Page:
or Connect
AVS › AVS Forum › Blu-ray & HD DVD › HDTV Software Media Discussion › Is BD-J Blu-ray's achilles heel?
New Posts  All Forums:Forum Nav:

Is BD-J Blu-ray's achilles heel? - Page 2

post #31 of 232
As a programmer by profession, I completely agree with the point that Java is a tremendously over-complicated, error-prone, and absurdly work-intensive way to program DVD interactivity.

Java is a complex, detailed programming language; development schedules for products produced with Java are usually measured in double-digit months. Using Java for simple DVD interactivity is a ridiculously complex approach. It is, quite simply, the wrong tool for the job -- you're assembling a bookcase gluing together toothpicks instead of a bunch of good sized precut boards.

Pretty much anyone, with minimal training, can do the high-level programming required by Microsoft's HDi. The creativity here is in designing the interactive environment, not in doing the actual programming. A HDi programmer is just as likely to be an artist as a computer science grad. With Java, you have dual creative challenges: The Design and the Programming. And the Programming has to be executed by a highly skilled Java professional (read "high salary").

Imagine you're Henry Ford putting together the first car. You can sub-contract parts construction to other companies and then just assemble all the pieces together cheaply and quickly, or you can try to make all the parts yourself. Which way would you go? If the BD folks had been around at the time, the assembly line would never have been invented.
post #32 of 232
Quote:
Originally Posted by Jeff Lampert View Post

This is an unreasonable statement. EVERY major studio is extremely important. And considering that HD DVD players are regularly sold in the low $200's with at least 5 free movies, there is absolutely no reason for a Blu-ray supporter to have to settle for upscaled Universal and Paramount titles.

As far as BD-J goes, the last thing the studio wants is to be saddled with complex programming for every title they put out. At some point, the studios will probably be releasing their huge catalogs on HDM at a fast pace and they don't want or need an anchor like this weighing them down every time they want to add some nice feature.

Java is object oriented. That means when you solve a difficult problem, you have these objects around that can be extended and used again and again. The studios aren't going to be writing every disc from scratch.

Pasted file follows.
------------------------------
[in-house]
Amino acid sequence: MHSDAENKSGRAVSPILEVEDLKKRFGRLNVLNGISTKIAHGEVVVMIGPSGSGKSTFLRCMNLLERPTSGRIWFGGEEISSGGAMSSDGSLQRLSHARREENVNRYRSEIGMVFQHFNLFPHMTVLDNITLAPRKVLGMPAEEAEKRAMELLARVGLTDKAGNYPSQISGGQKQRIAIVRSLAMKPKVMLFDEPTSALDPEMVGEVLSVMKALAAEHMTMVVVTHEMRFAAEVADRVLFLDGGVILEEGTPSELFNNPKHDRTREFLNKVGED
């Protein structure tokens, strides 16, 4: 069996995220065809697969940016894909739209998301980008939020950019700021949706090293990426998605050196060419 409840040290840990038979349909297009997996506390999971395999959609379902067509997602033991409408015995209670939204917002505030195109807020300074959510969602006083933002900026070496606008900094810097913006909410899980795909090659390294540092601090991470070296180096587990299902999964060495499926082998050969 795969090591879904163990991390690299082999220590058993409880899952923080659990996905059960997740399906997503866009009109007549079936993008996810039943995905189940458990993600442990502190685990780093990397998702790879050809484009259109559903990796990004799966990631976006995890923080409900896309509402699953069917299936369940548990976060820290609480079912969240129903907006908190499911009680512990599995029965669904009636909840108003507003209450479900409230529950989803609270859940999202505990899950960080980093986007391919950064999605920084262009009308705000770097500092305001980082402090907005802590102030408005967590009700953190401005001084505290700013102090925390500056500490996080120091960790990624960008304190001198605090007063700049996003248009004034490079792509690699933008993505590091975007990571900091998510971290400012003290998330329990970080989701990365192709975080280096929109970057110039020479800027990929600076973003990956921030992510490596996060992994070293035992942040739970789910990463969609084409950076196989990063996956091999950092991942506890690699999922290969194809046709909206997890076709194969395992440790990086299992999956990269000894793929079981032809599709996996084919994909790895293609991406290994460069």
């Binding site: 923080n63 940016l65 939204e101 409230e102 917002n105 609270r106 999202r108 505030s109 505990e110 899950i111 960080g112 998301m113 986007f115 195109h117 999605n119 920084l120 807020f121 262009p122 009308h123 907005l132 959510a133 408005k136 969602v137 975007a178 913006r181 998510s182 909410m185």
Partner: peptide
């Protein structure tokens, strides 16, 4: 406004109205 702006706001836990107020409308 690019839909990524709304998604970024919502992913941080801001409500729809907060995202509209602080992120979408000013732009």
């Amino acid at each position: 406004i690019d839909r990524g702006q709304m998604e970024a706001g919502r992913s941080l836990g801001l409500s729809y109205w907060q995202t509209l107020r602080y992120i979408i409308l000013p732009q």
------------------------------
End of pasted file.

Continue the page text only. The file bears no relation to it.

This is a point missed again and again by all the critics blasting Java (strange that they all seem to be HD-DVD zealots) for an applet they ran in 1997.
post #33 of 232
Quote:
Originally Posted by Don Borvio View Post

Uh, so the RCA HDV5000 doesn't exist? How about the upcoming Onkyo? Unless you meant all are based off of Toshiba players

But as to the topic, I think Java in general sucks. It's slow and problematic. Sony has the Cell processor and BD-Java as the white elephants of its PS3. Sure, it can do a lot in theory, but try writing material for the thing. That's the problem they are faced with with games, and probably is the same reason for sluggish movie releases by some BR studios.

The RCA is just the HD-A1 with a different logo stuck on. Even the motherboards and external plastics look the same.

I have not seen an onkyo insides yet, but if it is one of the Toshiba's designs, then it will have no compatibility issues (because it's still a toshiba). If they designed it themselves, then who knows? New disks now have to work on both.

I doubt they designed it themselves.

As for PS3 games, I've seen newer games that actually are looking quite good, but that thing clearly needs more games. Better still --- PS3 needs motion sensing controllers and new concept games --- highdef 3D graphics alone doesn't cut it anymore, as X360 found out after being outsold by Wii after being in the market for more than twice as long that wii has been selling for.

The real gaming story is wii, as that seems to say that highdef gaming is not valued by most people, motion aware controllers with casual games are.

Ever played Guitar Hero? My kids spend all their gaming time on that thing on an old launch-day PS2, barely playing GoW and NinjaGaidenSigma. The pattern's the same. New game launched, bought it, tried it for a weekend, move back to Guitar Hero II, my guess is that they'll get Halo III, play that for a couple of weekends, and then go back to Guitar Hero II.

It's incredible to see how much time they spend redoing the GH II songs at more and more difficult levels to compete with friends.

That game has basically no need for a 3D engine, let alone highdef, yet I am seeing that 80% of their gaming time is taken up by this thing, even when their friends come over, they compete on those guitars. All on that launch day PS2. The fact that all this SD low-def thing is connected to a 1080P LCD just makes me shake my head.

Anyway, this is all getting off topic. Sorry.
post #34 of 232
Quote:
Originally Posted by Flave View Post

As a programmer by profession, I completely agree with the point that Java is a tremendously over-complicated, error-prone, and absurdly work-intensive way to program DVD interactivity.